Will Toppin/Pioneer Log

Coronavirus presents growing threat at LC

As the number of cases of coronavirus increases in Portland, Lewis & Clark has begun preparing for the potential of widespread school closures. 

At the most recent  faculty meeting, Vice President, Chief of Staff, General Counsel and Board Secretary David Reese and Chief Financial Officer and Vice President of Operations Andrea Dooley discussed the college’s incident management policy and urged faculty to plan ahead for possible class cancellations. In an email sent out to faculty before the meeting, IT suggested that they become familiar with the online tools the college has at its disposal, and formulate a plan for teaching their classes virtually in the case of cancellations. 

Reese and Dooley also reported that plans are being formulated in case the college needs to quarantine students, and that rooms in Hartzfeld have been identified as possible isolation rooms. 

On Feb. 27, an employee at Forest Hills Elementary School in Lake Oswego tested presumptive positive for the coronavirus. It marked the first case of the virus in Oregon.

Authorities were unable to determine the source of exposure. According to ABC news, “The individual had neither a history of travel to a country where the virus was circulating, nor is believed to have (had) close contact with another confirmed case — the two most common sources of exposure.”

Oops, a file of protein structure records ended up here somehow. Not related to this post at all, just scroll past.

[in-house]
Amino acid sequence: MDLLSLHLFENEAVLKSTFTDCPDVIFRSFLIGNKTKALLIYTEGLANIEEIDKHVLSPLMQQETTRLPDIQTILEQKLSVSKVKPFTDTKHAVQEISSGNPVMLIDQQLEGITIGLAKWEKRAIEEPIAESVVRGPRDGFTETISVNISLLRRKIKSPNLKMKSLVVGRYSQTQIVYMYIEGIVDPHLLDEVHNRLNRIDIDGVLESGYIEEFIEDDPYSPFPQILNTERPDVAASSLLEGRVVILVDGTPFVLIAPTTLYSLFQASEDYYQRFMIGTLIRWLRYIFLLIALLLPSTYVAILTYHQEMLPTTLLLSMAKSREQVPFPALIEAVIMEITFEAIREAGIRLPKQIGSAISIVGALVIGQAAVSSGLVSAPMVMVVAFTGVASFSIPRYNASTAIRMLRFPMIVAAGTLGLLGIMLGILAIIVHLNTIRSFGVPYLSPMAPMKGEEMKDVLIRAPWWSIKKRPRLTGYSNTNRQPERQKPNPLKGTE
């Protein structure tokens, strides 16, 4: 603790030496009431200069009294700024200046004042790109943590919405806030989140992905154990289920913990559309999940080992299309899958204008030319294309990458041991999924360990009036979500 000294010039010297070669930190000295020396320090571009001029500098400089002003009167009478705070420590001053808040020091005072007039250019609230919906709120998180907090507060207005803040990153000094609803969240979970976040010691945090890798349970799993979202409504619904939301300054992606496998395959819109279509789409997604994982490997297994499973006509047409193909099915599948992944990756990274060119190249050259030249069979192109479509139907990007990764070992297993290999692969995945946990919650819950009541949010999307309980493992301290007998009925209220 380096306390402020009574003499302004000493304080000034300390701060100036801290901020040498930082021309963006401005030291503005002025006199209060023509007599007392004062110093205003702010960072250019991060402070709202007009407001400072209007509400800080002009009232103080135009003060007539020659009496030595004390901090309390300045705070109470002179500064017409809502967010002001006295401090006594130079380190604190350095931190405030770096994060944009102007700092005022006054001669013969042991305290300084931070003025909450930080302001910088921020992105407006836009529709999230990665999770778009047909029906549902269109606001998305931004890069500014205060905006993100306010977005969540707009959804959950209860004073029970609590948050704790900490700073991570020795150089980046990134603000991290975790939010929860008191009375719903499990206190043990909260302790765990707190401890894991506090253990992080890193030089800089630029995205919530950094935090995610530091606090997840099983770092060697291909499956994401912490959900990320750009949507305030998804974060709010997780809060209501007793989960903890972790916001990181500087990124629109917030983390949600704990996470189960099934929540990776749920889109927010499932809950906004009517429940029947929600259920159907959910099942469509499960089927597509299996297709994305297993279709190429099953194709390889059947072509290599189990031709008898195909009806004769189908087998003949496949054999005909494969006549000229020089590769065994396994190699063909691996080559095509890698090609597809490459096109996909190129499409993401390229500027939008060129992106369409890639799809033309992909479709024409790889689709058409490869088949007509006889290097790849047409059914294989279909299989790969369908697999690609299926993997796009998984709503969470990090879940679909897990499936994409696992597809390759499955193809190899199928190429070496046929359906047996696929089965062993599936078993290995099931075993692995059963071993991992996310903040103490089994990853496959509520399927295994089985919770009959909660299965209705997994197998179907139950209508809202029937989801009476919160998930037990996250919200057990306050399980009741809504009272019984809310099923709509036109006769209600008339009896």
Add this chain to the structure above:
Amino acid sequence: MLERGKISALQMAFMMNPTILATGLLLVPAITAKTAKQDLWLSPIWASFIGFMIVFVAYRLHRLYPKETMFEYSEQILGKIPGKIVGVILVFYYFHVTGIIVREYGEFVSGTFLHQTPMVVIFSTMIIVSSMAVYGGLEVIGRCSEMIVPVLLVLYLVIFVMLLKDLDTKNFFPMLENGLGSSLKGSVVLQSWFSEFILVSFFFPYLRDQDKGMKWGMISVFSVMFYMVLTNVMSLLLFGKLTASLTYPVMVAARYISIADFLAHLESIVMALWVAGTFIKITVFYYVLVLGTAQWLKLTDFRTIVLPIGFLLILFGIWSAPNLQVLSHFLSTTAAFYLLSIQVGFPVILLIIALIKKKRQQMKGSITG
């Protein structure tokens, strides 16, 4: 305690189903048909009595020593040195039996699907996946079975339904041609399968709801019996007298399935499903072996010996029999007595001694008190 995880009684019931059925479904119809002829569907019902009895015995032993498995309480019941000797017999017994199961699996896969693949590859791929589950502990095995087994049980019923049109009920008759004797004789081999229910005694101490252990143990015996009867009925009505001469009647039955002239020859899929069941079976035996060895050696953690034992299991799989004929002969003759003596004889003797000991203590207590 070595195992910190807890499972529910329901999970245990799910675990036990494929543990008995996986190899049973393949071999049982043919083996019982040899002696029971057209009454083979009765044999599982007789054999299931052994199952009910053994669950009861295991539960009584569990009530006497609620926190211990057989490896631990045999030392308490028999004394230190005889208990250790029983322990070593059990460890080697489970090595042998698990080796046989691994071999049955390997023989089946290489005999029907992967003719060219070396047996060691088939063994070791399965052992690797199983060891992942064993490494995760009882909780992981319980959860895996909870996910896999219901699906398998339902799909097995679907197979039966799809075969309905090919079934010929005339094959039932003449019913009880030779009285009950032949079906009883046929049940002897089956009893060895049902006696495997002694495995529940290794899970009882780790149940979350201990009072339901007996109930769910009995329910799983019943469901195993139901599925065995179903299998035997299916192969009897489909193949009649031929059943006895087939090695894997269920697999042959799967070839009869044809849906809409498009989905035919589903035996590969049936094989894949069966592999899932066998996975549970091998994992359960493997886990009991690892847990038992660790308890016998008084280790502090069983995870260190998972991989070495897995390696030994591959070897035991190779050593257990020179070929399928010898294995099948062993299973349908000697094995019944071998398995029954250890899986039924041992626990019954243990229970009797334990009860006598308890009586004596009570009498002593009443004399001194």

Samples were sent to the Center for Disease Control and Prevention (CDC) after the initial diagnosis. Their lab work concluded on Tuesday morning, confirming the results of the prior presumptive test.

The coronavirus, formally known as COVID-19, is a virus that attacks the immune system, which has led the World Health Organization and other leading experts to associate it with the flu. Though it has spread to more than fifty countries around the globe, there have been only 152 confirmed cases in the U.S. as of March 4.

The CDC maintains that the relatively small amount of cases in the U.S. does not reflect the gravity of the threat. They have encouraged individuals, communities and institutions within the U.S. to act preventatively in order to limit the potential for an outbreak. All preventative measures would be non-pharmaceutical, according to the CDC, because there are no active vaccines that combat the virus. 

Following the Lake Oswego case, Lewis & Clark sent out an email through the LC Bulletin on Feb. 29 that included information regarding support resources, traveling and prevention. Several leading coronavirus experts were listed as sources for the information. The email was signed by Vice President of Student Life and Dean of Students Robin Holmes-Sullivan.  

“We are following public health best practices guidance from the Centers for Disease Control, local health authorities, and the American College Health Association,” the email reads. “We will provide updated guidance as it becomes available.”

A second case of the coronavirus was documented on March 1, a day after the LC Bulletin email was sent. The Oregon Health Authority reported that the person involved in the Lake Oswego case is a likely source for this case, as the infected persons lived together.

The second case has not warranted medical attention thus far. Treatment has consisted entirely of bed-rest.

Director of Overseas & Off-Campus Programs Blythe Knott says that the global crisis has not affected Overseas Programs beyond the Beijing program, which was cancelled. The rest of the trips are scheduled to continue as planned.